Inspiration! Roundup: Baroque Photography, Dancing Bettas, Instagram Stories, and More!

Inspiration roundup: New York Public Library Instagram Stories, Betta Fish, Baroque Photography
This Week's "I want to go to there": I have been spending a lot of time out and doing things. How about staying at home for a weekend and reading a book? That sounds nice!
Photo by iam Se7en.

Baroque Photography

Christy Lee Rogers' underwater photography looks like a baroque painting. Amazing.

Instagram Stories

I have always had a mixed relationship with Instagram Stories. I didn't really see the point - why post something if you aren't willing to have it live forever online? (Because I think we should always assume that something posted online will live forever until we transition into the post-apocalyptic world where technology is dead and useless and we all have to remember how to live off the land again.)

HOWEVER! The New York Public Library has done something very cool with their Instagram Stories. You can go there and read classic novels! In the stories! It's amazing! Just hold your thumb in the bottom right corner until you're done reading the page, and then it will turn the page and you can read more. There are some stunning animations to boot.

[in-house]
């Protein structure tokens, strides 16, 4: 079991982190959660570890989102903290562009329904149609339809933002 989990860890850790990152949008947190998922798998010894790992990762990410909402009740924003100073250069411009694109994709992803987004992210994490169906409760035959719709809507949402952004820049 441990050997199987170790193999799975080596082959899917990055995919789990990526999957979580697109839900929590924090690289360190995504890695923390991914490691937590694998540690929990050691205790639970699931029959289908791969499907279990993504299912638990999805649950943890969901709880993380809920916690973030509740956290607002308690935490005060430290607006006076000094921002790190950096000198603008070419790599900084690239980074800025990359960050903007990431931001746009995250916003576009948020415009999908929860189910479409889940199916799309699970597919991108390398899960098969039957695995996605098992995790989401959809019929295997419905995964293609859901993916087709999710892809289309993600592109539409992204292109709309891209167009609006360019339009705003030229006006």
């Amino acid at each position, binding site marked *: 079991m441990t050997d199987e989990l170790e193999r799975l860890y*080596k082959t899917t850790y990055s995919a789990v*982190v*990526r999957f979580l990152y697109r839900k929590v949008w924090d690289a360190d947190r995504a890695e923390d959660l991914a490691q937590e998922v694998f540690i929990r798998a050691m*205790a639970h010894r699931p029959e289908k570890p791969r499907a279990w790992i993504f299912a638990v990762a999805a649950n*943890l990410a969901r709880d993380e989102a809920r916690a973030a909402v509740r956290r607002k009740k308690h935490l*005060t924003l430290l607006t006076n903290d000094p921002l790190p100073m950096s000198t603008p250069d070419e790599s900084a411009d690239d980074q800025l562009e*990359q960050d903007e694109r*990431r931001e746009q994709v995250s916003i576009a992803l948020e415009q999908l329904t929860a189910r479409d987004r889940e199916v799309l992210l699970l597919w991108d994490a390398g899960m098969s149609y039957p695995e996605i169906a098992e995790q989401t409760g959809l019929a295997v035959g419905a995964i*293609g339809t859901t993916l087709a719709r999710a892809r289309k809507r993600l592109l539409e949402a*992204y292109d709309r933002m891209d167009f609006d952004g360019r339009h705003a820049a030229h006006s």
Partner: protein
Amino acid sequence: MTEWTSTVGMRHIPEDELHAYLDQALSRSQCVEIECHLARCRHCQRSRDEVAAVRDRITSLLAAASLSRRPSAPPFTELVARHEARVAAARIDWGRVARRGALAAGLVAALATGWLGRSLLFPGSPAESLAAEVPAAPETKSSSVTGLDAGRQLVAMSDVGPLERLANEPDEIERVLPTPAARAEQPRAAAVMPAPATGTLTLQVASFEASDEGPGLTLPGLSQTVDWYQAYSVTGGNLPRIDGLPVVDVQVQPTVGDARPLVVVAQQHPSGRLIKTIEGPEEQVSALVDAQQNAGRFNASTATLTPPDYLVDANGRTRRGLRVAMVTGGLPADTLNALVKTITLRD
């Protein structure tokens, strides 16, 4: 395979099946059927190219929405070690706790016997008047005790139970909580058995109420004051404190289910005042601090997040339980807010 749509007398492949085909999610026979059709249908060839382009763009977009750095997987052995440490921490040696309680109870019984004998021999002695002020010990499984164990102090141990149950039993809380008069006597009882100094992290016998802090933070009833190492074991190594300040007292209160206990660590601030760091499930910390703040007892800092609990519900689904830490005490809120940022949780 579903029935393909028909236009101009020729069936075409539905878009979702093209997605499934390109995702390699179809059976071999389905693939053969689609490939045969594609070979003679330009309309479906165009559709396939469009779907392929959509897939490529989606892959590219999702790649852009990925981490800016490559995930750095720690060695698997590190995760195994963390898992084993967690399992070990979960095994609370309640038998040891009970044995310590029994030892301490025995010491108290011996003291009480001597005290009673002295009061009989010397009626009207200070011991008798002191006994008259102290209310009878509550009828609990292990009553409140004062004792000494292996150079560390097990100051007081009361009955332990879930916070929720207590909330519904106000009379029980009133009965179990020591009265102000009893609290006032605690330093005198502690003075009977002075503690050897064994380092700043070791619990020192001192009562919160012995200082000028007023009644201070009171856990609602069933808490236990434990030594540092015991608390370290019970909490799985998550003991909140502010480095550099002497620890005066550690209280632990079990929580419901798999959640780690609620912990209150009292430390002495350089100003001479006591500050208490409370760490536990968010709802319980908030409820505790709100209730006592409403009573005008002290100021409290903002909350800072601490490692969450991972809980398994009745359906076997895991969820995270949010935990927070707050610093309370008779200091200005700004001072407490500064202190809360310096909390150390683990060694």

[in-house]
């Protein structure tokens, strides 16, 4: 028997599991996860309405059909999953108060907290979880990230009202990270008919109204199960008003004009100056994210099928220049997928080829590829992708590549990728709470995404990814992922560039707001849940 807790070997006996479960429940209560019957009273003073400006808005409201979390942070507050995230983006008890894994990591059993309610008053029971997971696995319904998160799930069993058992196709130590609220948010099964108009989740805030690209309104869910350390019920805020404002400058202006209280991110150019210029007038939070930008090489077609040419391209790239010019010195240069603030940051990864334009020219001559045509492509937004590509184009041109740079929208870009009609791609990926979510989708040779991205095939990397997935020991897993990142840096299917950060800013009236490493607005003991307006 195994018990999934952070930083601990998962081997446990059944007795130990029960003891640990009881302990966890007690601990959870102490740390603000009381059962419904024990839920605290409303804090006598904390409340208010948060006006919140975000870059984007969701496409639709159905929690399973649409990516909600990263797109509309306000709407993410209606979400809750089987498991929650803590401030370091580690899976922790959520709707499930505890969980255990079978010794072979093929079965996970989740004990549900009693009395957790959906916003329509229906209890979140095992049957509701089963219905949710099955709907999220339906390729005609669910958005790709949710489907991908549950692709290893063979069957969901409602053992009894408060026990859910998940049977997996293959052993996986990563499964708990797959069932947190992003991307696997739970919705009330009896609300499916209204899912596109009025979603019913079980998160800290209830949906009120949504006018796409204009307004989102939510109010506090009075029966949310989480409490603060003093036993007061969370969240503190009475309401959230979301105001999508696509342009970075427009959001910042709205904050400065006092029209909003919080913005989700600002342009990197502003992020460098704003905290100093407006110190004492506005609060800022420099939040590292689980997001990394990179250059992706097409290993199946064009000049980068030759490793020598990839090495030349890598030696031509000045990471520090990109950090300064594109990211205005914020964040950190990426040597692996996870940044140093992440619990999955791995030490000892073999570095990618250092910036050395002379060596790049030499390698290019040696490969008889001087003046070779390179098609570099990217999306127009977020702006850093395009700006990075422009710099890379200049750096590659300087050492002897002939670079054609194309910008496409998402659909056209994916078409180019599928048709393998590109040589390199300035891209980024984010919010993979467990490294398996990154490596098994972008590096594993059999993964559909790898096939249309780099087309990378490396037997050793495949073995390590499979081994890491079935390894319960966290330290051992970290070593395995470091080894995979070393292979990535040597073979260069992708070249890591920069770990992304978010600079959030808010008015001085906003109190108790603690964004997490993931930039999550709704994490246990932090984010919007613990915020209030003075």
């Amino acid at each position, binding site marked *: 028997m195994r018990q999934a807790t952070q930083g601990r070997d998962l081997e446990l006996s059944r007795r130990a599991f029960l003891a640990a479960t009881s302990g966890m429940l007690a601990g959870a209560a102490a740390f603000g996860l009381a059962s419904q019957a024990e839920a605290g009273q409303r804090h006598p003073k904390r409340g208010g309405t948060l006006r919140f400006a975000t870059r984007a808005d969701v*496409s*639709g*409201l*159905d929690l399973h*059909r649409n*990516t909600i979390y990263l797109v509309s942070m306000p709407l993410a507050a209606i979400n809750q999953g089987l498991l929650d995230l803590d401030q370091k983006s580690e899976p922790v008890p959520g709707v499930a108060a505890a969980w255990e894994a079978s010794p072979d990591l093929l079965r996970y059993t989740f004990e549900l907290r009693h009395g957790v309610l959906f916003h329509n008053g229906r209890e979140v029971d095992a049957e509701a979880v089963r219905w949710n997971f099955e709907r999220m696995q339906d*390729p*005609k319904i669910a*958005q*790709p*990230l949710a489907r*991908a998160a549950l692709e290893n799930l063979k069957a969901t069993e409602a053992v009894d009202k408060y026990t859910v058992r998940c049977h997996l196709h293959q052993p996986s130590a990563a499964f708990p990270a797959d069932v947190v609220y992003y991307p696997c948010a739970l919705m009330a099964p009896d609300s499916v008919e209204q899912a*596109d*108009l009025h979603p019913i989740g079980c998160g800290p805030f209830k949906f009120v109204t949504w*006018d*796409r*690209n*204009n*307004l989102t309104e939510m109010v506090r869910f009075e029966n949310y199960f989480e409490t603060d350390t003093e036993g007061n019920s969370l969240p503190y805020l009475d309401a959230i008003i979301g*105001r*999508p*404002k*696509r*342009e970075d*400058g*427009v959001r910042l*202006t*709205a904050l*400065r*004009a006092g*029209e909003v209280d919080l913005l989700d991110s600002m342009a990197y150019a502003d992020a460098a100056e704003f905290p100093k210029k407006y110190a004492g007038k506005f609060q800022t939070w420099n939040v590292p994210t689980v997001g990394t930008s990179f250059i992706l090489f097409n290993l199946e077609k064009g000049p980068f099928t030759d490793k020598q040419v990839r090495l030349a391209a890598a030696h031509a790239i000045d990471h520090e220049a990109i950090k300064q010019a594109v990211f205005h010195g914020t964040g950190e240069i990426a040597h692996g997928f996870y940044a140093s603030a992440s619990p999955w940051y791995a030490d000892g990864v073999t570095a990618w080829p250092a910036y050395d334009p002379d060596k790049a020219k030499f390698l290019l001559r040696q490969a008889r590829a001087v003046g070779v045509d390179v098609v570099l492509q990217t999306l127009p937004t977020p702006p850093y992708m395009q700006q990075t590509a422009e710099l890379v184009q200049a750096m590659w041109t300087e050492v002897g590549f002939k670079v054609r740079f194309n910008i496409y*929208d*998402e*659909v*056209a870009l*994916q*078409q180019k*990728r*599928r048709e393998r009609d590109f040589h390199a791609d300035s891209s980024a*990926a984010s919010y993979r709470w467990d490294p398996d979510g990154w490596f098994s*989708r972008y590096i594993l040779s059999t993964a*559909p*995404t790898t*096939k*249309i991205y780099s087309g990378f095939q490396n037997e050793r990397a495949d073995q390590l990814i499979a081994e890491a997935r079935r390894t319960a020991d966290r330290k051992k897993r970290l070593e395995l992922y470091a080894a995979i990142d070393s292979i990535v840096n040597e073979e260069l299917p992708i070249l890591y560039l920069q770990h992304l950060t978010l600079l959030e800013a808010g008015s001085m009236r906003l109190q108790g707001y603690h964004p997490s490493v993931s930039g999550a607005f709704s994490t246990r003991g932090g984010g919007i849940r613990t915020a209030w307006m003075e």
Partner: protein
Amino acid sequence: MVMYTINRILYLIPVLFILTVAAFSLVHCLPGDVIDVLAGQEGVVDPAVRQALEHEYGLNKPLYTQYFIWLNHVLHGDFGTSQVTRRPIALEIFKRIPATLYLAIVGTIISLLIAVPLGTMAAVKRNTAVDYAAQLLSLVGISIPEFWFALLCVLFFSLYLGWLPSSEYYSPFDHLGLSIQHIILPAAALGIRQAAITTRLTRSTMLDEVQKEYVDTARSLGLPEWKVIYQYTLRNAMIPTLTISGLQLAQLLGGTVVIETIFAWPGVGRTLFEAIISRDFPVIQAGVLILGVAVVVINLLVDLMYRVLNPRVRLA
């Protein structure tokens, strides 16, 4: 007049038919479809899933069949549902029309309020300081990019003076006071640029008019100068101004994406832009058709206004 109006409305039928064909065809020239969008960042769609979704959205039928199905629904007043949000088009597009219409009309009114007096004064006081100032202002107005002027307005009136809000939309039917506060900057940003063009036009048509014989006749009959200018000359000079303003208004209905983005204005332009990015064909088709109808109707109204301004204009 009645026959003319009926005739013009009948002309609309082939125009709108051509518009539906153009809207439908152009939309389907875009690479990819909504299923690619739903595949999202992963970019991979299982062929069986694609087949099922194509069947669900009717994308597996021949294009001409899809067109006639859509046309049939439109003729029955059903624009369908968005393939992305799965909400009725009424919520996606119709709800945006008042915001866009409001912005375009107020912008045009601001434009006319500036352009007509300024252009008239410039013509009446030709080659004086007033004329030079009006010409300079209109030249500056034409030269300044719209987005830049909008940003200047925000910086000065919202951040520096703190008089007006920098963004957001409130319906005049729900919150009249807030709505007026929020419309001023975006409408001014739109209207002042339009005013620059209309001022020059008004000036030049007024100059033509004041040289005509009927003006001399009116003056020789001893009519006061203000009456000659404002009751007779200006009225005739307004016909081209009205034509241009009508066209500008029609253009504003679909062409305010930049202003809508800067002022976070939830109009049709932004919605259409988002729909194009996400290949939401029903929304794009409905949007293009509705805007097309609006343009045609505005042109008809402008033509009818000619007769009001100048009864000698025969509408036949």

I love libraries.

Dancing Fish

Visarute Angkatavanich photographs betta fish as if they were the most graceful dancers. The results are stunning!

Talking to Bullies

Dylan Marron has conversations with his online bullies, and it's turned out to be incredibly positive. I'll admit, I always have mixed reactions to stories like this. On one hand, it is a beautiful example of how transformative empathy can be and the value of seeing the "other" as a real person. When a person who is full of hate has a meaningful encounter with a person from one of their target groups, it is the best way to change their heart. On the other hand, that is a lot of work that oppressed or targeted people shouldn't have to do.

Is it Political?

"The difference between an actual discussion (where we seek the right answer) and a political one is simple:

In a political discussion, people don’t care about what’s correct or effective or true. Facts aren’t the point.

The honest answer to, 'if it could be demonstrated that there’s a more effective or just solution to this problem, would you change your mind?' is, for a political question, 'no.'"
-Seth Godin

I think we could help make our conversations, and thus the world, a better place if we asked ourselves this question more often. What would we need to see to change our minds? Are we actually open to seeing it?

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